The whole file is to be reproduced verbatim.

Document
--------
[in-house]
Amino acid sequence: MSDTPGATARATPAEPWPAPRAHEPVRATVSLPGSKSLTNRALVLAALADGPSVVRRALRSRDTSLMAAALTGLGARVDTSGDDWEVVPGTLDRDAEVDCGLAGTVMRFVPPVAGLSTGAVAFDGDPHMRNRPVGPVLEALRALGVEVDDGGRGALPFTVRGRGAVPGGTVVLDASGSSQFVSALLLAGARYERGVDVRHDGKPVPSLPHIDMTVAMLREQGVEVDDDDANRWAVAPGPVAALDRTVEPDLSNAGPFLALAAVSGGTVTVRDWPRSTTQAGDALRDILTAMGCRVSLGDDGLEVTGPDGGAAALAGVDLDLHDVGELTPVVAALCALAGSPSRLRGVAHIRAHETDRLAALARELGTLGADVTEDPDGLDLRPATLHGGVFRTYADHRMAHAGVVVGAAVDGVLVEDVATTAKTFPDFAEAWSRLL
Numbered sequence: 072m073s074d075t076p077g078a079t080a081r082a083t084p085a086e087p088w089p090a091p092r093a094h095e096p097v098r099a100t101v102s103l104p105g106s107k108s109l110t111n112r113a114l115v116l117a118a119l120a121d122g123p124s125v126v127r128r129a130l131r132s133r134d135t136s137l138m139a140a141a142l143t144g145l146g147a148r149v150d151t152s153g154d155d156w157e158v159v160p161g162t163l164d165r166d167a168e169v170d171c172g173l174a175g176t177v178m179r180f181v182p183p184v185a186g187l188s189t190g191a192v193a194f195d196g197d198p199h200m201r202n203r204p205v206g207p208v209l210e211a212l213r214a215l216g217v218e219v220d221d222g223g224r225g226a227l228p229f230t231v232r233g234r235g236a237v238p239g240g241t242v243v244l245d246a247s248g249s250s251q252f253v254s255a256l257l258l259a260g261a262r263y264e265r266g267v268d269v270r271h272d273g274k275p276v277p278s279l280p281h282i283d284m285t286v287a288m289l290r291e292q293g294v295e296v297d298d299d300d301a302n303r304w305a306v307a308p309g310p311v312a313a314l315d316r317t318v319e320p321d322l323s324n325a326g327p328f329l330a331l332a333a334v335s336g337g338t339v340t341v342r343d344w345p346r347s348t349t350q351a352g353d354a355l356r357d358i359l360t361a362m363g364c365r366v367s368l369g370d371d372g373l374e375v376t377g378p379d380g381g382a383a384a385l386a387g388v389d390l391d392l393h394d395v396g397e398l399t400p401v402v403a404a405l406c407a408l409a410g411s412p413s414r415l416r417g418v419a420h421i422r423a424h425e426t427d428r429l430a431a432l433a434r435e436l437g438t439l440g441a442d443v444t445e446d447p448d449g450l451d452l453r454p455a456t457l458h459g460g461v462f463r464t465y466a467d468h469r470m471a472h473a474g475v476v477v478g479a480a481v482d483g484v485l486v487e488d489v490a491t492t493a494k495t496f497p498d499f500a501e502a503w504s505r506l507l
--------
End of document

[in-house]
Amino acid sequence: MSDTPGATARATPAEPWPAPRAHEPVRATVSLPGSKSLTNRALVLAALADGPSVVRRALRSRDTSLMAAALTGLGARVDTSGDDWEVVPGTLDRDAEVDCGLAGTVMRFVPPVAGLSTGAVAFDGDPHMRNRPVGPVLEALRALGVEVDDGGRGALPFTVRGRGAVPGGTVVLDASGSSQFVSALLLAGARYERGVDVRHDGKPVPSLPHIDMTVAMLREQGVEVDDDDANRWAVAPGPVAALDRTVEPDLSNAGPFLALAAVSGGTVTVRDWPRSTTQAGDALRDILTAMGCRVSLGDDGLEVTGPDGGAAALAGVDLDLHDVGELTPVVAALCALAGSPSRLRGVAHIRAHETDRLAALARELGTLGADVTEDPDGLDLRPATLHGGVFRTYADHRMAHAGVVVGAAVDGVLVEDVATTAKTFPDFAEAWSRLL
Numbered sequence: 072m073s074d075t076p077g078a079t080a081r082a083t084p085a086e087p088w089p090a091p092r093a094h095e096p097v098r099a100t101v102s103l104p105g106s107k108s109l110t111n112r113a114l115v116l117a118a119l120a121d122g123p124s125v126v127r128r129a130l131r132s133r134d135t136s137l138m139a140a141a142l143t144g145l146g147a148r149v150d151t152s153g154d155d156w157e158v159v160p161g162t163l164d165r166d167a168e169v170d171c172g173l174a175g176t177v178m179r180f181v182p183p184v185a186g187l188s189t190g191a192v193a194f195d196g197d198p199h200m201r202n203r204p205v206g207p208v209l210e211a212l213r214a215l216g217v218e219v220d221d222g223g224r225g226a227l228p229f230t231v232r233g234r235g236a237v238p239g240g241t242v243v244l245d246a247s248g249s250s251q252f253v254s255a256l257l258l259a260g261a262r263y264e265r266g267v268d269v270r271h272d273g274k275p276v277p278s279l280p281h282i283d284m285t286v287a288m289l290r291e292q293g294v295e296v297d298d299d300d301a302n303r304w305a306v307a308p309g310p311v312a313a314l315d316r317t318v319e320p321d322l323s324n325a326g327p328f329l330a331l332a333a334v335s336g337g338t339v340t341v342r343d344w345p346r347s348t349t350q351a352g353d354a355l356r357d358i359l360t361a362m363g364c365r366v367s368l369g370d371d372g373l374e375v376t377g378p379d380g381g382a383a384a385l386a387g388v389d390l391d392l393h394d395v396g397e398l399t400p401v402v403a404a405l406c407a408l409a410g411s412p413s414r415l416r417g418v419a420h421i422r423a424h425e426t427d428r429l430a431a432l433a434r435e436l437g438t439l440g441a442d443v444t445e446d447p448d449g450l451d452l453r454p455a456t457l458h459g460g461v462f463r464t465y466a467d468h469r470m471a472h473a474g475v476v477v478g479a480a481v482d483g484v485l486v487e488d489v490a491t492t493a494k495t496f497p498d499f500a501e502a503w504s505r506l507l